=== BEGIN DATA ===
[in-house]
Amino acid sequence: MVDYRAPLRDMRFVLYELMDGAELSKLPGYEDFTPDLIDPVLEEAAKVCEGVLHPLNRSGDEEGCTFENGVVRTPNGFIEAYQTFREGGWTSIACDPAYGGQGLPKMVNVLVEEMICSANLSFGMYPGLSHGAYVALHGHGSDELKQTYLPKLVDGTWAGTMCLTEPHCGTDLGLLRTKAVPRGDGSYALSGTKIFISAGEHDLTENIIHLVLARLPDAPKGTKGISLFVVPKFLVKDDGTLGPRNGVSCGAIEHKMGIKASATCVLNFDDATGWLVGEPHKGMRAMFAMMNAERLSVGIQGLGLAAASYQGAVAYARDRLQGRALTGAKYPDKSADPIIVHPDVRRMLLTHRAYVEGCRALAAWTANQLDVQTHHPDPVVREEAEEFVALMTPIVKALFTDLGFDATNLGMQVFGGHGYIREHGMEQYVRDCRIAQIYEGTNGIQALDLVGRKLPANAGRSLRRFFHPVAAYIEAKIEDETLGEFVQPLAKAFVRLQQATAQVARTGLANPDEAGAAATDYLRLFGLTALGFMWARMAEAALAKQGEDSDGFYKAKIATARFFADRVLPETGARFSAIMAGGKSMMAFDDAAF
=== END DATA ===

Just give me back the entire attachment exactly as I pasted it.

[in-house]
Amino acid sequence: MVDYRAPLRDMRFVLYELMDGAELSKLPGYEDFTPDLIDPVLEEAAKVCEGVLHPLNRSGDEEGCTFENGVVRTPNGFIEAYQTFREGGWTSIACDPAYGGQGLPKMVNVLVEEMICSANLSFGMYPGLSHGAYVALHGHGSDELKQTYLPKLVDGTWAGTMCLTEPHCGTDLGLLRTKAVPRGDGSYALSGTKIFISAGEHDLTENIIHLVLARLPDAPKGTKGISLFVVPKFLVKDDGTLGPRNGVSCGAIEHKMGIKASATCVLNFDDATGWLVGEPHKGMRAMFAMMNAERLSVGIQGLGLAAASYQGAVAYARDRLQGRALTGAKYPDKSADPIIVHPDVRRMLLTHRAYVEGCRALAAWTANQLDVQTHHPDPVVREEAEEFVALMTPIVKALFTDLGFDATNLGMQVFGGHGYIREHGMEQYVRDCRIAQIYEGTNGIQALDLVGRKLPANAGRSLRRFFHPVAAYIEAKIEDETLGEFVQPLAKAFVRLQQATAQVARTGLANPDEAGAAATDYLRLFGLTALGFMWARMAEAALAKQGEDSDGFYKAKIATARFFADRVLPETGARFSAIMAGGKSMMAFDDAAF